War Songs (& other stories)
by Granny of Six
Seventy-Five years ago, when my Dad was fighting the Nazis in Germany, a song was released that was played over and over on the radio. Radio was the only media besides newspapers and movies, we had at that time. The song was “You Are Always in My Heart” and every time it played on our radio, my Mom would cry, uncontrollably. Eventually, my mother calmed down, wrote her own words to the song, and those are the only words I can remember from “You are Always in My Heart”, which are the first four lines.
Soldier Boy I love you so, and I want the world to know,
Though you’re in the army now, I’ll make a vow I’ll wait for you.
Just before I go to sleep, there’s rendezvous I keep
And the dreams I’m dreaming now until you’re home, are all of you.
We keep a radio station on, all day, that features romantic songs from times past. They play many old war-time songs, including “You Are Always in My Heart”, and each time I hear it, still I choke up remembering those days.
Think about the many songs written during the wars. “Don’t Sit Under the Apple Tree”, which goes, “Don’t sit under the apple tree with anyone else but me, ‘til I come marching home”, “Boogie Woogie Bugle Boy,” “I’ll Never Smile Again” and, of course, “You Are Always in My Heart”. I admit, there are also many songs from the Civil War, WWI and the Vietnamese conflict, but the ones from WWII are the ones that have stuck in my mind and in my heart.
I believe that during any time of stress and, especially wartime, the most beautiful and poignant songs are written, and that is also when everything else seems secondary, to those affected.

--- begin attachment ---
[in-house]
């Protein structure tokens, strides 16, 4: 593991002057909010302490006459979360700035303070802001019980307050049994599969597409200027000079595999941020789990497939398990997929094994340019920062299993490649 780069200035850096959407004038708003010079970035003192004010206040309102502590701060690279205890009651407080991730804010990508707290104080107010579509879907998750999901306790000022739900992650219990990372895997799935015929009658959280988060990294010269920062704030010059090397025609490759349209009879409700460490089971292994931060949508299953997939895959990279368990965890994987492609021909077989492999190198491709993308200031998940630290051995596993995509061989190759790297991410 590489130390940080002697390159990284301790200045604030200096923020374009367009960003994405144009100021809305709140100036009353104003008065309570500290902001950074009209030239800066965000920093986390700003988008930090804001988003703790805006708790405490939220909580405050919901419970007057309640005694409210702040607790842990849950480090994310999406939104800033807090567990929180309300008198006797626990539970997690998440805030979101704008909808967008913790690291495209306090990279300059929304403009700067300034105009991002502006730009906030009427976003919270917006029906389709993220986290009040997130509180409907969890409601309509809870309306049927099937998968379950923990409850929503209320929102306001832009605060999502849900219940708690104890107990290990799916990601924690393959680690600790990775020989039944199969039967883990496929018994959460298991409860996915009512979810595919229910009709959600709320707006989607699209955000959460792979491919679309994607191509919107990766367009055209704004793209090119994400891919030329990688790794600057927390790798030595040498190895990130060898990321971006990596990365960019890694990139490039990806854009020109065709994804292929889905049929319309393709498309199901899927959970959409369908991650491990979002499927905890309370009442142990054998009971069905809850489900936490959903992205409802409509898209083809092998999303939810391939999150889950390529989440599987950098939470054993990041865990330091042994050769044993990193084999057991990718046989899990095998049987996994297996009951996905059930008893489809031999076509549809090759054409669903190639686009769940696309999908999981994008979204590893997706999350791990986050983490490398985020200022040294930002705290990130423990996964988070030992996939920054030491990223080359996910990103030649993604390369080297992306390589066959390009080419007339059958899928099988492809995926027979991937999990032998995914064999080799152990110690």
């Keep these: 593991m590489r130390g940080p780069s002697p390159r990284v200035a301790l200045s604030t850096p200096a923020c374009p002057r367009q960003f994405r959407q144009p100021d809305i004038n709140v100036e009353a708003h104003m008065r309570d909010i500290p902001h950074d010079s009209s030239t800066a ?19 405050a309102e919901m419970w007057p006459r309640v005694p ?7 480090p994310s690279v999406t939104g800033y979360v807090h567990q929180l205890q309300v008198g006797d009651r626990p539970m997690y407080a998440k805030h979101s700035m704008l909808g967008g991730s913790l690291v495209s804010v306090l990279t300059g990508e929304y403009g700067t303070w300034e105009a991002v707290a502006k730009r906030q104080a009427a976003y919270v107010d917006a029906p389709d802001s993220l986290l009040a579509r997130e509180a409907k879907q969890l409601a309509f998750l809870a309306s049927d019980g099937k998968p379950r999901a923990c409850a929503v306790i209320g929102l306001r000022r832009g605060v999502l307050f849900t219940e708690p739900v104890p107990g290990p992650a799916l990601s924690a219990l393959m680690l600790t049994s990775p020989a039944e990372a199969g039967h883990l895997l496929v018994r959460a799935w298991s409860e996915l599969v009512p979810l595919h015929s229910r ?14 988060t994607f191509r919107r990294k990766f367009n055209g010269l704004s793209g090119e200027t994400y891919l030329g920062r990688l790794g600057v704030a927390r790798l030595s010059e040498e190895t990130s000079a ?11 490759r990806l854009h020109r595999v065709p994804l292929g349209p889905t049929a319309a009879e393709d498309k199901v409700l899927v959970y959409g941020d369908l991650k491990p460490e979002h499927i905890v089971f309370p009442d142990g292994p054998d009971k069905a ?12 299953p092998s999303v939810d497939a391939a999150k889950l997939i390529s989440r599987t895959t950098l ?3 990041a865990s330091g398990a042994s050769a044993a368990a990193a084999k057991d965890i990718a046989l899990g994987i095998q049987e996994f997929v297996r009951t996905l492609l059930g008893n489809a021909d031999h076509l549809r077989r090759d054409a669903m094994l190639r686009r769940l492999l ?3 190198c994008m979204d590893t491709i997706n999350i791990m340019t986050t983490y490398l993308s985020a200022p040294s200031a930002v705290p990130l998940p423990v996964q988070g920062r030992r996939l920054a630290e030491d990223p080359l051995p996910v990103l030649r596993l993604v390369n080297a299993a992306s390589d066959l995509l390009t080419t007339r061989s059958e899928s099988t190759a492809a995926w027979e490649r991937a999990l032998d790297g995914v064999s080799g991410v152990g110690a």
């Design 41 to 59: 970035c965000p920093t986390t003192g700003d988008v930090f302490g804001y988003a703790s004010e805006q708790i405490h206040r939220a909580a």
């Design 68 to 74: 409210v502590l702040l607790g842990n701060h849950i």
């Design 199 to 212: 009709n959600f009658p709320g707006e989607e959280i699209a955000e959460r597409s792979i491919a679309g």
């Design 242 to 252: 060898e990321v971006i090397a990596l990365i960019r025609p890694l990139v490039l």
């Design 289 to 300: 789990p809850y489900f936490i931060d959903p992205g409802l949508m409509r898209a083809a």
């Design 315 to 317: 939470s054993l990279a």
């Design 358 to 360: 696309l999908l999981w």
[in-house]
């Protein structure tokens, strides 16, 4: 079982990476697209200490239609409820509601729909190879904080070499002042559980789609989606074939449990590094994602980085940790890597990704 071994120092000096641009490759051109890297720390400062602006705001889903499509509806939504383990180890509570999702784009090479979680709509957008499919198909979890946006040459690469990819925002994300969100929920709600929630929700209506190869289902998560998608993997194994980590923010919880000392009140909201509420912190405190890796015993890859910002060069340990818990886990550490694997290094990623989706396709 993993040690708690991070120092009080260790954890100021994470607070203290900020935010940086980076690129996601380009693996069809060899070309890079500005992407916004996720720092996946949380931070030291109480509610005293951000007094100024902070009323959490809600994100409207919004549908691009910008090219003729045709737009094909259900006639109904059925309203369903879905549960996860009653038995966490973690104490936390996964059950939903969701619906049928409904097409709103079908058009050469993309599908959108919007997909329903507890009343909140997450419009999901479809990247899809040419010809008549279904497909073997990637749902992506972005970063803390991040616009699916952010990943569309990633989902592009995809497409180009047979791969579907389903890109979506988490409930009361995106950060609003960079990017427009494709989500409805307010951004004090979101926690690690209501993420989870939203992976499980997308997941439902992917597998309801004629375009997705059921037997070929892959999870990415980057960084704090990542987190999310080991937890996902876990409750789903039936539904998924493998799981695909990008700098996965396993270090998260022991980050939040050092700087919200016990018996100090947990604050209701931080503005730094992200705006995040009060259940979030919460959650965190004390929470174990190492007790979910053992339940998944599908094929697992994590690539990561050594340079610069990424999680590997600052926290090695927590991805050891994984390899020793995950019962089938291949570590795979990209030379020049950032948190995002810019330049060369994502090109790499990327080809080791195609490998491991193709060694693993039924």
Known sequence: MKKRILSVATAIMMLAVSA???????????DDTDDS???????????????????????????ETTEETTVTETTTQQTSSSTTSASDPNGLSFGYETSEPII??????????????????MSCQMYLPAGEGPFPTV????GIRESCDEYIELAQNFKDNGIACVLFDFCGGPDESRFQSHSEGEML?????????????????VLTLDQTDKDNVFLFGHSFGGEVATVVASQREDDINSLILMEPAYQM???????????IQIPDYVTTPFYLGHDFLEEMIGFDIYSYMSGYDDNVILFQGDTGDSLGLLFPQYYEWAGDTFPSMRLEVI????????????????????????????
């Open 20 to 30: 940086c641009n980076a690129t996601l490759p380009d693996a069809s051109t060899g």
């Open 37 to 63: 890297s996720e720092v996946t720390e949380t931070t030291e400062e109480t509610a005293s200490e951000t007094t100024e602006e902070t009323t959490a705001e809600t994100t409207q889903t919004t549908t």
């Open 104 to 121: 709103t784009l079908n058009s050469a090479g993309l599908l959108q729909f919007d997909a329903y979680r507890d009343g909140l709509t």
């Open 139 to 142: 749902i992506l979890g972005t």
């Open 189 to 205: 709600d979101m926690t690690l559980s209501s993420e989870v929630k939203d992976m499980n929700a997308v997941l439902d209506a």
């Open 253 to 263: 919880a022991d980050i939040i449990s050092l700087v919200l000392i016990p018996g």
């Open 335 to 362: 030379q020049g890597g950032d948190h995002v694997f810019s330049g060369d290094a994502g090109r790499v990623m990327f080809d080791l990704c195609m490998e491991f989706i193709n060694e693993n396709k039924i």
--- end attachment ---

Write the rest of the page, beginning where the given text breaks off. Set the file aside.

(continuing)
In the Distance
She was 7 years old and WWII was in full swing. To Rachel, the war meant all seven of her uncles and her daddy were far away, window shades were black and pulled down each night in their tiny apartment, “Air Raid Drills” (where she and her 2nd grade classmates had to crouch under their desks), were weekly occurrences, food was rationed and there was no rubber for bicycle wheels or cars. Things were strained at home, with her mother often losing her temper, or in tears, for no reason apparent to Rachel. Sometimes, one or more of her aunts would come by and they all cried together.
Grandpa was a tailor, and every week, the family would get together in the store to read the letters from their men in the Armed Forces to each other, and to Grandma and Grandpa, who worked side by side. Grandma took care of the customers, as she spoke English better than Grandpa, and he did the measuring and tailoring. Rachel’s father wrote, in one of his letters, that the “Jerrys” (Germans) were throwing “eggs” (bombs) at the American soldiers. Grandpa got very excited and angry, and in his thick, Yiddish accent, said: “Ve haf eggs rationed and zumbody named Jerry is trowing eggs at our soldiers?” That was the only time during WWII that Rachel remembers the entire family having a good laugh.
Then, two years later, Rachel and her mother went to the dock on the Hudson River, and suddenly, there were soldiers everywhere! In the distance, she saw her father rushing towards them, and she knew everything in the entire world would be OK now.